Genetically different populations of the yeast Saccharomyces cerevisiae may affect the flavour and aroma of a wine according to research published in Scientific Reports this week.
Crops that have the same or very similar genes can produce geographically distinct products with unique physical and sensorial signatures. Previously it was thought that geographic differences in crops were due to interactions between genes, the local soils, climate and agricultural practices. However, a link between microbes and the geographic characteristics, or terroir, of an agricultural product had been thought to exist, although it had not been verified.
Using six genetically different populations of S. cerevisiae from six major wine growing regions in New Zealand, Sarah Knight, Matthew Goddard and colleagues investigated the effect of this microbe on the terroir of a wine. The authors quantified the concentrations of 39 compounds, including esters and alcohols, derived from yeast during wine fermentation, that affect flavour and aroma. They found that 29 of the 39 compounds vary with respect to the region of origin of the yeast used.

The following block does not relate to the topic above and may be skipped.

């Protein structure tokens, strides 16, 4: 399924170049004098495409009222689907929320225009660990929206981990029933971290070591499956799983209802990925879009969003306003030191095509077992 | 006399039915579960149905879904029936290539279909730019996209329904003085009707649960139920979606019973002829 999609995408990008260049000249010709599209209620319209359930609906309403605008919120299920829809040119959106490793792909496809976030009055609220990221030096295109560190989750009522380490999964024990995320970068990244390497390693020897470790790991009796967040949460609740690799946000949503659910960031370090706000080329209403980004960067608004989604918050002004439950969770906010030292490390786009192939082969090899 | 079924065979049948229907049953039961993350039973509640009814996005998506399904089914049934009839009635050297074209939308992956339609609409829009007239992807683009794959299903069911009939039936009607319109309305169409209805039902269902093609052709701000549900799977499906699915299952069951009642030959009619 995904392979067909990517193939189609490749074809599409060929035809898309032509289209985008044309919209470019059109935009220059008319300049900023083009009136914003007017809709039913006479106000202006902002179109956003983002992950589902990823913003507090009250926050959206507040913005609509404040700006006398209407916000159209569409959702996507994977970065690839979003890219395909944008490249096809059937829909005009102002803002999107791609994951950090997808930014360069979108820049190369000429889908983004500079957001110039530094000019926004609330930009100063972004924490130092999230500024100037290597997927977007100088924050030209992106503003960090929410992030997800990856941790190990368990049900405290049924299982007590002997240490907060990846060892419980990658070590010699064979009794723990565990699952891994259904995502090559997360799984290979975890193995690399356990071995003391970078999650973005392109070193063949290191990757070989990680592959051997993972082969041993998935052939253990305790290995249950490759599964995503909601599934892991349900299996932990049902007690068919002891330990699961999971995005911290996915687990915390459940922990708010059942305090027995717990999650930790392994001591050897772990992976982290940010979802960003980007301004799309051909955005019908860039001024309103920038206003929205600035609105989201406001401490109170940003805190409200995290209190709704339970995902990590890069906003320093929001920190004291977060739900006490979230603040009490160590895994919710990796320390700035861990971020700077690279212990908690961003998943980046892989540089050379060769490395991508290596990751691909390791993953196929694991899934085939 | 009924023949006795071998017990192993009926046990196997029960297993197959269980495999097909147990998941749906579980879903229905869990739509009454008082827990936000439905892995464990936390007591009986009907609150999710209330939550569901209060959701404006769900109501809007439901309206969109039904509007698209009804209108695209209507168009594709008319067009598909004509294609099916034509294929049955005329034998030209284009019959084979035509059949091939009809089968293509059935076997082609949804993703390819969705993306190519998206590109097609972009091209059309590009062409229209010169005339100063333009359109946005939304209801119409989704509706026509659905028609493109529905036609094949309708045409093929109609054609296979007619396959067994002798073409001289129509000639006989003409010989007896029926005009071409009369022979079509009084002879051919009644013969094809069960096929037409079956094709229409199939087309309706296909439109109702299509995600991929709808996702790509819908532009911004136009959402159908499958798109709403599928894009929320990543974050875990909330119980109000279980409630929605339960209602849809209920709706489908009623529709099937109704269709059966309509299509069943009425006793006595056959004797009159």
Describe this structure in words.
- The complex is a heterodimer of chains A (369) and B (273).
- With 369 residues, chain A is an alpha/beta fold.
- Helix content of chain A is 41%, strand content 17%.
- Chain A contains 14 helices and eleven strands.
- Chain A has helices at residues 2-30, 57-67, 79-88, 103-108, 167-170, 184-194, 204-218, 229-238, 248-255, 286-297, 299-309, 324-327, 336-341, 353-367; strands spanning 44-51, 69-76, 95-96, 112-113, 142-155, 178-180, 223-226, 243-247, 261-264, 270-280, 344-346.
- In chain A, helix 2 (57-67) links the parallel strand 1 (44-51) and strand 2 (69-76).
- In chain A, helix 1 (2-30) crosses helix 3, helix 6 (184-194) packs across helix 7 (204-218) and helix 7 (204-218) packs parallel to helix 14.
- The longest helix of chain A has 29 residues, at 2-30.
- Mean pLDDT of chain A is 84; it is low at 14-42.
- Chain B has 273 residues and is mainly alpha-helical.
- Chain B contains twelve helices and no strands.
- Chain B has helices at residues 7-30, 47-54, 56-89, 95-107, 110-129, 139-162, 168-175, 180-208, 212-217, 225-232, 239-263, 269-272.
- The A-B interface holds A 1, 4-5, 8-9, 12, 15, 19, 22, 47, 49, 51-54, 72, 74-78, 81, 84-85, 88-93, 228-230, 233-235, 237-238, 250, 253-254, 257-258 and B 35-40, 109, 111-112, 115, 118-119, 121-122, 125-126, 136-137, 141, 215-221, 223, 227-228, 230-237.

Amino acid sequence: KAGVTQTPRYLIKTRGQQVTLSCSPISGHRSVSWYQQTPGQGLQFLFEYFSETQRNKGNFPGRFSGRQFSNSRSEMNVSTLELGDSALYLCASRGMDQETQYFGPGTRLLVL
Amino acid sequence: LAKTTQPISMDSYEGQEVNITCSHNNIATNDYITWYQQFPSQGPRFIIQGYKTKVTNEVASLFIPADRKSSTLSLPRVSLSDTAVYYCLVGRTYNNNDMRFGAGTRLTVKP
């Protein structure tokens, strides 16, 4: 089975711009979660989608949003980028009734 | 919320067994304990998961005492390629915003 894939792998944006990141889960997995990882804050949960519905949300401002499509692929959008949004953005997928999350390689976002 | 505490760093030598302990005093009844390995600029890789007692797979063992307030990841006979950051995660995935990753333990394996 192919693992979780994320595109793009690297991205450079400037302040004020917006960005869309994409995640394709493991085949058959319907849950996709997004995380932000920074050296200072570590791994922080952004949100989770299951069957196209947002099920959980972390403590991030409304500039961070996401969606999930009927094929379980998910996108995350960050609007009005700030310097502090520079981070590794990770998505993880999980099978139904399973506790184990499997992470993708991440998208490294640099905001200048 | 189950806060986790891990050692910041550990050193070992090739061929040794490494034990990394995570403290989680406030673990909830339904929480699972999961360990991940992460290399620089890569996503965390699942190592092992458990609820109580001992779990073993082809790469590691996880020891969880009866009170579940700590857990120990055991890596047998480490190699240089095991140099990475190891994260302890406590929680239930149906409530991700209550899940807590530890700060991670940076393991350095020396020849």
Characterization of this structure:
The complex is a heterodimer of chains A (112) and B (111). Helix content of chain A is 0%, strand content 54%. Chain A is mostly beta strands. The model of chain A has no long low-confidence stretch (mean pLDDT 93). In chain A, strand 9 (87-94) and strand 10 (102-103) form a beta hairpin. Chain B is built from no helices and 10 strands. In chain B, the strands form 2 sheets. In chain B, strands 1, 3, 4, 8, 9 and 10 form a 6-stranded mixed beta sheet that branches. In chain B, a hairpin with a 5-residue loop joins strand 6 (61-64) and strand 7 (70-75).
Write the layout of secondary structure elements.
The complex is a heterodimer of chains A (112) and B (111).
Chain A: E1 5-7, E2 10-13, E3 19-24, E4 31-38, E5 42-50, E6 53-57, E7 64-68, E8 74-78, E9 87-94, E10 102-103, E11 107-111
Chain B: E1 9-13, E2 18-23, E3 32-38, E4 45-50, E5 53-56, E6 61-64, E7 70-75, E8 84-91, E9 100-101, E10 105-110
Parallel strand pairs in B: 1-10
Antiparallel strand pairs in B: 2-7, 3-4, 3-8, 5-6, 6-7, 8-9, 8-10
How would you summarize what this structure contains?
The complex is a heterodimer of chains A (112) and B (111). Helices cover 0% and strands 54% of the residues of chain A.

The authors note that other species of fungi and bacteria may also contribute to the characteristics of a wine and that further studies are needed.
Climate change: Cleaner fuels may reduce impact of aviation on climate warmingCommunications Earth＆Environment
Environment: EU agricultural imports vulnerable to future climate changeNature Communications
Ecology: Coral reefs could stop net growth by mid-21st centuryCommunications Earth＆Environment